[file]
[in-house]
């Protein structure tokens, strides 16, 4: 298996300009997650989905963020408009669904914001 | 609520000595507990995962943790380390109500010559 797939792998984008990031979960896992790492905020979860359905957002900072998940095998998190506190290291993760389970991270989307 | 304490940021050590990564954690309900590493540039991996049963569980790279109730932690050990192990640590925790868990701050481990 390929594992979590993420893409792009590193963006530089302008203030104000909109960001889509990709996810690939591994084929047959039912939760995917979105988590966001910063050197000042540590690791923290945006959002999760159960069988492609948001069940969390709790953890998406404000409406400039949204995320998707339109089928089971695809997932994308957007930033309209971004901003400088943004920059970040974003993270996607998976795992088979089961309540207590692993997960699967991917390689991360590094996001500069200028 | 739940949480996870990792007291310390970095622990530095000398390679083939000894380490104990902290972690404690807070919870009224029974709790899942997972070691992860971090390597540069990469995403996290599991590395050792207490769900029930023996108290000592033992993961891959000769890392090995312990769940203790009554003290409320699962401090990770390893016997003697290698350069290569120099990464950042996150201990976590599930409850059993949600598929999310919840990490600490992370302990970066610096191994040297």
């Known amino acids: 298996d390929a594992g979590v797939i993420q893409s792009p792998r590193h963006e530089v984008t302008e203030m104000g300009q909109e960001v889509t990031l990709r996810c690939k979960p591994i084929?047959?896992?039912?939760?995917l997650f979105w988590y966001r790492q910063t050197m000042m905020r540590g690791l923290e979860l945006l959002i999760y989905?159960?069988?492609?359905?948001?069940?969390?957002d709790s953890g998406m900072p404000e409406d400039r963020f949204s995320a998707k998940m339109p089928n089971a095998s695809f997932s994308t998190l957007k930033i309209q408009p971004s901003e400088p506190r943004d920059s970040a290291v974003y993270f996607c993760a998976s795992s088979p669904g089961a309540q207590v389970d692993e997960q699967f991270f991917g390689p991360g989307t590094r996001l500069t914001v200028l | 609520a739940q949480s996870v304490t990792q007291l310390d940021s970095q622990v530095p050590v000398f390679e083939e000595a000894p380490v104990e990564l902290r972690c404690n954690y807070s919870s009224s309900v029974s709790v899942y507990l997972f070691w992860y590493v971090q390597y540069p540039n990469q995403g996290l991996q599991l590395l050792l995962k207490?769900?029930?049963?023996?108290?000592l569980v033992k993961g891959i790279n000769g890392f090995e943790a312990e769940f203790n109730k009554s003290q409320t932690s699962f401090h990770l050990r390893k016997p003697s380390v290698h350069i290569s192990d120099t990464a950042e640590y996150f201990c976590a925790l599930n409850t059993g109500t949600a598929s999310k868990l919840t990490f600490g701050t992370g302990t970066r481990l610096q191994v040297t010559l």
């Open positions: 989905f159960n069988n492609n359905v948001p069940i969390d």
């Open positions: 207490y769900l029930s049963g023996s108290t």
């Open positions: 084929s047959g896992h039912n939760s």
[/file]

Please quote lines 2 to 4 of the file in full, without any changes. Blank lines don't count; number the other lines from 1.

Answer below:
């Protein structure tokens, strides 16, 4: 298996300009997650989905963020408009669904914001 | 609520000595507990995962943790380390109500010559 797939792998984008990031979960896992790492905020979860359905957002900072998940095998998190506190290291993760389970991270989307 | 304490940021050590990564954690309900590493540039991996049963569980790279109730932690050990192990640590925790868990701050481990 390929594992979590993420893409792009590193963006530089302008203030104000909109960001889509990709996810690939591994084929047959039912939760995917979105988590966001910063050197000042540590690791923290945006959002999760159960069988492609948001069940969390709790953890998406404000409406400039949204995320998707339109089928089971695809997932994308957007930033309209971004901003400088943004920059970040974003993270996607998976795992088979089961309540207590692993997960699967991917390689991360590094996001500069200028 | 739940949480996870990792007291310390970095622990530095000398390679083939000894380490104990902290972690404690807070919870009224029974709790899942997972070691992860971090390597540069990469995403996290599991590395050792207490769900029930023996108290000592033992993961891959000769890392090995312990769940203790009554003290409320699962401090990770390893016997003697290698350069290569120099990464950042996150201990976590599930409850059993949600598929999310919840990490600490992370302990970066610096191994040297």
């Known amino acids: 298996d390929a594992g979590v797939i993420q893409s792009p792998r590193h963006e530089v984008t302008e203030m104000g300009q909109e960001v889509t990031l990709r996810c690939k979960p591994i084929?047959?896992?039912?939760?995917l997650f979105w988590y966001r790492q910063t050197m000042m905020r540590g690791l923290e979860l945006l959002i999760y989905?159960?069988?492609?359905?948001?069940?969390?957002d709790s953890g998406m900072p404000e409406d400039r963020f949204s995320a998707k998940m339109p089928n089971a095998s695809f997932s994308t998190l957007k930033i309209q408009p971004s901003e400088p506190r943004d920059s970040a290291v974003y993270f996607c993760a998976s795992s088979p669904g089961a309540q207590v389970d692993e997960q699967f991270f991917g390689p991360g989307t590094r996001l500069t914001v200028l | 609520a739940q949480s996870v304490t990792q007291l310390d940021s970095q622990v530095p050590v000398f390679e083939e000595a000894p380490v104990e990564l902290r972690c404690n954690y807070s919870s009224s309900v029974s709790v899942y507990l997972f070691w992860y590493v971090q390597y540069p540039n990469q995403g996290l991996q599991l590395l050792l995962k207490?769900?029930?049963?023996?108290?000592l569980v033992k993961g891959i790279n000769g890392f090995e943790a312990e769940f203790n109730k009554s003290q409320t932690s699962f401090h990770l050990r390893k016997p003697s380390v290698h350069i290569s192990d120099t990464a950042e640590y996150f201990c976590a925790l599930n409850t059993g109500t949600a598929s999310k868990l919840t990490f600490g701050t992370g302990t970066r481990l610096q191994v040297t010559l």
């Open positions: 989905f159960n069988n492609n359905v948001p069940i969390d």